The air pollution began to break records. The pre-monsoon temperatures danced around 40 Celsius, and I couldn’t walk outside of my door without my whiteness being thrown in my face. When I left campus, people played games with how badly they could scam the white foreigner. I thought that campus could be a sanctuary until a man entered our classroom, jamming himself against the door, and forced us to give him money in order to leave. The professor did nothing. Security did nothing.
Motivation entered a downward spiral. I attended two of each class before the student and faculty strikes plunged the university into uncertainty.
For six weeks, we did not hold a single class in my departments, and, often, they were canceled otherwise for unknown reasons. We were aimless. There’s no need to hash out the details of what the strikes were, and what they meant. This article isn’t about those. It’s about
my reﬂection as an international student. These strikes ended up challenging not only my selfworth as a student and an academic, but also my self-concept and value as a human.
To enter the strikes or not enter the strikes? As an international student, I was a student, and generally found myself obligated to support the students in their eﬀorts. Being international, especially being a white male from North America, I found myself resisting involvement in order to prevent the accusation that I was imposing my ‘imperial’ values onto a cause I didn’t ‘fully understand.’ And it’s true – I didn’t fully understand -, but it’s damned clear that neither did the protestors. Disorganization and multiple, uncommunicative, often polemic, agendas plagued the movement. I was chastised for going to a protest (‘your whiteness is invading! this isn’t your movement! you’re an imperialist!’) and I was chastised for not going to protests (‘you’re not using your privilege to help us! your not supporting justice! you’re an imperialist!’).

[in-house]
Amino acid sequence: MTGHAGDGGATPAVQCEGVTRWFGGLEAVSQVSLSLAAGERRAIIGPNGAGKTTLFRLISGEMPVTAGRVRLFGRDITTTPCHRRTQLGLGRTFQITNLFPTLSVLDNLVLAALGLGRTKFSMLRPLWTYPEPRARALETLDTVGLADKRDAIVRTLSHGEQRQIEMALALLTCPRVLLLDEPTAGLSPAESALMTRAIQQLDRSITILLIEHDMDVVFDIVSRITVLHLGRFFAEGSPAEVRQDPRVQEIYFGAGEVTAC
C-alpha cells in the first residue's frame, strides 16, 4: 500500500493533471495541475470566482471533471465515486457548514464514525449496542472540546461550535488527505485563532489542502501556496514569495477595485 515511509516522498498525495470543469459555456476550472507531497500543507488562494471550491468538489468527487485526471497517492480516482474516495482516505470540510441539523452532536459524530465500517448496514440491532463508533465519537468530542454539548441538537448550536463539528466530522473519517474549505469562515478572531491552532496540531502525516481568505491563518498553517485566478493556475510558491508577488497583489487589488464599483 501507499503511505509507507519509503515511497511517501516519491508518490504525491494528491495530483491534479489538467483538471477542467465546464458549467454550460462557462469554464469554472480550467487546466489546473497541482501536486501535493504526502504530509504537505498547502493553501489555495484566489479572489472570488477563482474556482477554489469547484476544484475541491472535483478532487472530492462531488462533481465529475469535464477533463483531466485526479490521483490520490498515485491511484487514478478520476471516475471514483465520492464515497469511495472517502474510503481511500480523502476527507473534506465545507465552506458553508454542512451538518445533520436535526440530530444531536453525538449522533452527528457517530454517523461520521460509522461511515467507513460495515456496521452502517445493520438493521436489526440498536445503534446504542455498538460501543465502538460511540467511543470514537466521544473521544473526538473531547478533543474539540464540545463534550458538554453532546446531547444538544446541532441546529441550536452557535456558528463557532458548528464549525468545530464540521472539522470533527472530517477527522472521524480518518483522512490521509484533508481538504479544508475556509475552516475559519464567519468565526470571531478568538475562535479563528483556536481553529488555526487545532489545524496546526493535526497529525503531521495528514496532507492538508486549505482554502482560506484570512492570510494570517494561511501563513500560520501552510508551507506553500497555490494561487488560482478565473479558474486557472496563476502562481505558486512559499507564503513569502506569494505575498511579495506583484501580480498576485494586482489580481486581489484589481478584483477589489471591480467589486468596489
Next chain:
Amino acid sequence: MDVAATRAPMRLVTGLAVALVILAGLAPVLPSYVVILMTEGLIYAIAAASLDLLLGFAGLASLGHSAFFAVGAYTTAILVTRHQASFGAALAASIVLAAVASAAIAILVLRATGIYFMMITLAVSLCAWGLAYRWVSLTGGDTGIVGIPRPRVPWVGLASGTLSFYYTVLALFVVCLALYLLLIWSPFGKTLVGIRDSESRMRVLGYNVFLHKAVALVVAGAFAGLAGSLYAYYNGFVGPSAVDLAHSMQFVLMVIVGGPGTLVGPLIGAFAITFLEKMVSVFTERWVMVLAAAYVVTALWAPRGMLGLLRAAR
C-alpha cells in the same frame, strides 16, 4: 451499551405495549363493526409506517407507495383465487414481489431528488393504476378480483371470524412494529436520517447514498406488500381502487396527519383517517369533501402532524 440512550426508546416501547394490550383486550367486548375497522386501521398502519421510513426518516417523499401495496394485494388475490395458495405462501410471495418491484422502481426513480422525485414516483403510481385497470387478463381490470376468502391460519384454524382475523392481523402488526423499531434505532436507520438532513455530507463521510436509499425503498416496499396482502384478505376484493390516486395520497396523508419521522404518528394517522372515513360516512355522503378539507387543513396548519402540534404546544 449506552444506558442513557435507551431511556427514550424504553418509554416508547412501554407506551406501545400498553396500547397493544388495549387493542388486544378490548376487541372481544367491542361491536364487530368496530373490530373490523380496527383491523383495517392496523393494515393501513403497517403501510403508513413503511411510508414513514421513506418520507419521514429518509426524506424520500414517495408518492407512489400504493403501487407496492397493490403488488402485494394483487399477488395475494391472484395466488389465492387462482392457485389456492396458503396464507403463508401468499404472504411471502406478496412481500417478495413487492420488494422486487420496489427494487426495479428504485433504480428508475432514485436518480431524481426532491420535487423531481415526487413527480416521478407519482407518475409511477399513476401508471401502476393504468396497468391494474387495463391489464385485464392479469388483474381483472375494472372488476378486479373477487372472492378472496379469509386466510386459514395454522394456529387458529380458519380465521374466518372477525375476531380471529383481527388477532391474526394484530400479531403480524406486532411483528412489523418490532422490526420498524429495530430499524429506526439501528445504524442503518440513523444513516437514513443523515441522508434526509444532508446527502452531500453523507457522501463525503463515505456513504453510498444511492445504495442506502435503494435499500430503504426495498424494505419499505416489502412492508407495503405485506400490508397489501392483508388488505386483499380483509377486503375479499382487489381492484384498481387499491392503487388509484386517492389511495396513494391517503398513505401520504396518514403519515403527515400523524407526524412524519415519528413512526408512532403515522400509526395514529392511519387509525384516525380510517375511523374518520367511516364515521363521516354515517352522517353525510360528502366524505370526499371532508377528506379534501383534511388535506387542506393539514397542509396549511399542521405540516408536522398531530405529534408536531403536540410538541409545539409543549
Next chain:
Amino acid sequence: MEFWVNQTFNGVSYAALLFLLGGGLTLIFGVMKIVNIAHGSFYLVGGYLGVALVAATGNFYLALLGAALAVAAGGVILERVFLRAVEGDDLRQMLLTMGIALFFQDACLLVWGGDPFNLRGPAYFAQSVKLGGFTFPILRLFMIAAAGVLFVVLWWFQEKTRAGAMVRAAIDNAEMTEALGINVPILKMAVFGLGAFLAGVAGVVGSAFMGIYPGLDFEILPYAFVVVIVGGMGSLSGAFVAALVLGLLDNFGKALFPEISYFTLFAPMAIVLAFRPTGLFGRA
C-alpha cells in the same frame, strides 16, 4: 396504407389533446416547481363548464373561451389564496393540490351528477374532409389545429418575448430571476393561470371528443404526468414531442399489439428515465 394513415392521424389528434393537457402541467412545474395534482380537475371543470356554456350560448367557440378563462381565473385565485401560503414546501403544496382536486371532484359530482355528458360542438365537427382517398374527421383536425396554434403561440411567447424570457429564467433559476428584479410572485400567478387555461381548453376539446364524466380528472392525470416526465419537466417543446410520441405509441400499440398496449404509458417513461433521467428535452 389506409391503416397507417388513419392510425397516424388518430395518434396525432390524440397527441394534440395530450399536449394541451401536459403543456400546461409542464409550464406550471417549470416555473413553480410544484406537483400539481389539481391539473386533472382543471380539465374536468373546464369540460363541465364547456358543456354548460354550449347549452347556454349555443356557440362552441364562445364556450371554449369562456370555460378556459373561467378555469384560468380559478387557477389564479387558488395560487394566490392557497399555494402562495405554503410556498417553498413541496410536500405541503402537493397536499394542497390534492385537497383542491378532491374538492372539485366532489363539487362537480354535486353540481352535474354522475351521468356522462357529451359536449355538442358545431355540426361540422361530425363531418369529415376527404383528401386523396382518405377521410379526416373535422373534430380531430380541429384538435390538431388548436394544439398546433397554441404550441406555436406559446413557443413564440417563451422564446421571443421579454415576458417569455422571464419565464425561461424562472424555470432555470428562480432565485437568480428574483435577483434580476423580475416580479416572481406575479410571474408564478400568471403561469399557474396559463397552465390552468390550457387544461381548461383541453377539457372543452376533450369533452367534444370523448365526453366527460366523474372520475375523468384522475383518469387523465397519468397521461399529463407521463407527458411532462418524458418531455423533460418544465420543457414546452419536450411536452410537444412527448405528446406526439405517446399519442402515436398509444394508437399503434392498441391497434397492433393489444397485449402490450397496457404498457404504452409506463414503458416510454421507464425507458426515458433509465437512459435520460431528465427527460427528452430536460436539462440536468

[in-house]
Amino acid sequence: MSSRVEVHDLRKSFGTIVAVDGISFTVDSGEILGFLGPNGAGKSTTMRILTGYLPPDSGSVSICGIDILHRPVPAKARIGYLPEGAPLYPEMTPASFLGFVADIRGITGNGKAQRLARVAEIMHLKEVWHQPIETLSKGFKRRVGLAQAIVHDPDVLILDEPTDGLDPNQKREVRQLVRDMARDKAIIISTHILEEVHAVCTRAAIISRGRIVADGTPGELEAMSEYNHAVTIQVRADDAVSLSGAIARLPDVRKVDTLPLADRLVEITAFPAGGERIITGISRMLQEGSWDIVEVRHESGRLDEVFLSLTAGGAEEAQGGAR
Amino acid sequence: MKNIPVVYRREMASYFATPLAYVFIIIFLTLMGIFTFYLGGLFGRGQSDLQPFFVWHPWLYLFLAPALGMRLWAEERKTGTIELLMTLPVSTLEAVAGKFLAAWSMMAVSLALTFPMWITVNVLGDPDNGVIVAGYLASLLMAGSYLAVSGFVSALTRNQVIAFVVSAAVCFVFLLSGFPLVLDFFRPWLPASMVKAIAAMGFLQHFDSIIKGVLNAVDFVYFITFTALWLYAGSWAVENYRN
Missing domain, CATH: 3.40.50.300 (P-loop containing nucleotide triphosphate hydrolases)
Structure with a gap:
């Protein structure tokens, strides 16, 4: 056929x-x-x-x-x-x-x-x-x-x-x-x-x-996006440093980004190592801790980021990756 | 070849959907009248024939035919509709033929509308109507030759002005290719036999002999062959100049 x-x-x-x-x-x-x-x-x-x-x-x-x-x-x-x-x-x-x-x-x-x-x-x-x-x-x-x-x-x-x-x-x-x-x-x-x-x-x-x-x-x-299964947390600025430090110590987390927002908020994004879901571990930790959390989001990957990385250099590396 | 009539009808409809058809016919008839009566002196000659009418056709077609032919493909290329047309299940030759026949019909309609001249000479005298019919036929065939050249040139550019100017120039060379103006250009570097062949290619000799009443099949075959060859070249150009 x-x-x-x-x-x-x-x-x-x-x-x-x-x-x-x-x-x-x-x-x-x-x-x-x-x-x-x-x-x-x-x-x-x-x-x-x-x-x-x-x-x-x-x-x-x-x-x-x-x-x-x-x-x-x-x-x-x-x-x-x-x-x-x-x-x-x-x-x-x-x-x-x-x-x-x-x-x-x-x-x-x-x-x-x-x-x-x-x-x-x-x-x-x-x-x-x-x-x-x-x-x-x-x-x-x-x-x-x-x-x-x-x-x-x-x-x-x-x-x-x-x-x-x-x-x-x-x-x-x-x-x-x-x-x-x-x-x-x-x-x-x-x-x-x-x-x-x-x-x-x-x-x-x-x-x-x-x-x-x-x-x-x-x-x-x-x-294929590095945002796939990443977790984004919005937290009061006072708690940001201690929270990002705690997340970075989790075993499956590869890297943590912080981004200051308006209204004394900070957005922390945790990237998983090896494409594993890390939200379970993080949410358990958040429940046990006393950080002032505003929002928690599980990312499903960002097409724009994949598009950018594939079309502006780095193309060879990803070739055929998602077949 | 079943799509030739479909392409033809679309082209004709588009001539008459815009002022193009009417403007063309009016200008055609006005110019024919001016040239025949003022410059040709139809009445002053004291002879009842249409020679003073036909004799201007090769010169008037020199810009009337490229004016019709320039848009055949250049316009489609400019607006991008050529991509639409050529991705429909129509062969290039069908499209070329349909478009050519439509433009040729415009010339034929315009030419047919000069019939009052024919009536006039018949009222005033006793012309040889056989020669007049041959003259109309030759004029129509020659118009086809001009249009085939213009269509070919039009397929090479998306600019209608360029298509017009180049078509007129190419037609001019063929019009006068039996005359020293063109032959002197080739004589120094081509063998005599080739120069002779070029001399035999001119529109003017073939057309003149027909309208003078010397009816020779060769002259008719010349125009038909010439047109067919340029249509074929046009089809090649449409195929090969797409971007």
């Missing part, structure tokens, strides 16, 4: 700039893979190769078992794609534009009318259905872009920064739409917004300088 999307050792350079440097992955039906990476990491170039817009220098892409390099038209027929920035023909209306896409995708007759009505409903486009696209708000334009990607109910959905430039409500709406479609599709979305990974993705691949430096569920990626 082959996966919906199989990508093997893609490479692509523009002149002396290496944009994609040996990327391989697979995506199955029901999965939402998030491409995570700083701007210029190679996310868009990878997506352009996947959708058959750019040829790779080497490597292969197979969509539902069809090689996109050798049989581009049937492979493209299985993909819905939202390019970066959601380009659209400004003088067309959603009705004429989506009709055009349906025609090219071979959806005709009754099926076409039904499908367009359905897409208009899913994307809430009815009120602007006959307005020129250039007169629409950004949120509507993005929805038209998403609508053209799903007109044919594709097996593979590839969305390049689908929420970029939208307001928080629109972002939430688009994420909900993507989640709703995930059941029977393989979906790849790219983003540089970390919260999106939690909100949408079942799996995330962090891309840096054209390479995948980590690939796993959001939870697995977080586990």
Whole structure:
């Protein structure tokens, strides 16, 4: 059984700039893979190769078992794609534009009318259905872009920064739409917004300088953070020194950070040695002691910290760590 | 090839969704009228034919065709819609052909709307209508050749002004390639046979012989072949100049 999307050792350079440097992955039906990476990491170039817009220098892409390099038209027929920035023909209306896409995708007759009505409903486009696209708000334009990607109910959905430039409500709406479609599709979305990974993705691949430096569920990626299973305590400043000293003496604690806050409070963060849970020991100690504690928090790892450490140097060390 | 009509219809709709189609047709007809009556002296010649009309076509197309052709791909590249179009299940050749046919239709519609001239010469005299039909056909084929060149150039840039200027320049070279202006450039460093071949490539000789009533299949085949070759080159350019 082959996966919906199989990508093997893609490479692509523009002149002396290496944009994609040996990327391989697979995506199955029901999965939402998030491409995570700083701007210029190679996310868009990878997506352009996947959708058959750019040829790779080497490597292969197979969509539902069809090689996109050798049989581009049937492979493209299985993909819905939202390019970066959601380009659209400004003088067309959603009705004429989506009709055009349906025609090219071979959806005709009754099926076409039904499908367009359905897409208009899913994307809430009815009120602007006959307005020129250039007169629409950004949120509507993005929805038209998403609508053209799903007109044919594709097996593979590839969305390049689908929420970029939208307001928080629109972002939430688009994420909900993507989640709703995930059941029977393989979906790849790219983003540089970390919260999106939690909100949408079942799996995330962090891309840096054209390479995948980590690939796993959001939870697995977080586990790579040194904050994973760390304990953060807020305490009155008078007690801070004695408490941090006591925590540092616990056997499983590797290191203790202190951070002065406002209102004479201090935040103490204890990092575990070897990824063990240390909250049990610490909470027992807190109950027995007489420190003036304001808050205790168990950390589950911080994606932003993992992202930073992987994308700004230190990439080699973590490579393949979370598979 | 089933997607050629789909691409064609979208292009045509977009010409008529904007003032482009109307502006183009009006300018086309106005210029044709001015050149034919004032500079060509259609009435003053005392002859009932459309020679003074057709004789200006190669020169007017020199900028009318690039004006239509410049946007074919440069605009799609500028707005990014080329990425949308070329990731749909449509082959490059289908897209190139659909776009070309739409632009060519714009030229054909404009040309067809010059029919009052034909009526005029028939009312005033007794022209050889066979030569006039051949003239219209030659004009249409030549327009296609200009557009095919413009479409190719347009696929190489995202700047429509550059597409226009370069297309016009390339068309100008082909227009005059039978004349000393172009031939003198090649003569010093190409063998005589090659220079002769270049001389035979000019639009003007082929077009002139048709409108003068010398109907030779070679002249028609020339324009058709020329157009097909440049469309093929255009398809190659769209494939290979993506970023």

A cohort of international students did take a deﬁnitive stance in favor of the student protestors. They drafted several letters that they would send to journalists abroad in order to attract international attention. Indian students advised these letters. Then, when the letters were presented to the entire group of protestors, chaos broke out. International students were accused of imperialism, of orientalism, of exoticism, and of every other -ism you can negatively attach to the situation. I was privy to this WhatsApp train wreck. The international students defended their good intentions and eagerness to learn, and local students volleyed verbal bombs of condescension and sympathy, a discourse that split into factions and warring ideologies. No clarity came from this discussion, but the acts of the international students became labeled as either ‘foreign intervention’ or ‘foreign aid’ – neither of which sit well in rhetorical politics in the Indian context.
Classes never really gained momentum after the protests ended. The semester puttered to a close without any ﬁnale or elucidation. I left New Delhi with a deeply problematized sense of self.
In India, my whiteness is coveted, as a status symbol, and as an assumption of high economic wellbeing. In India, my whiteness is abhorred for imperialism, both historical and contemporary. The same people that want to know me and be with me for my whiteness can also hate me for it. Everywhere I go in this world, my whiteness means something diﬀerent, and I will never again be able to enter into a cultural context without the grayness of what that means and the ambiguity of how to live with it.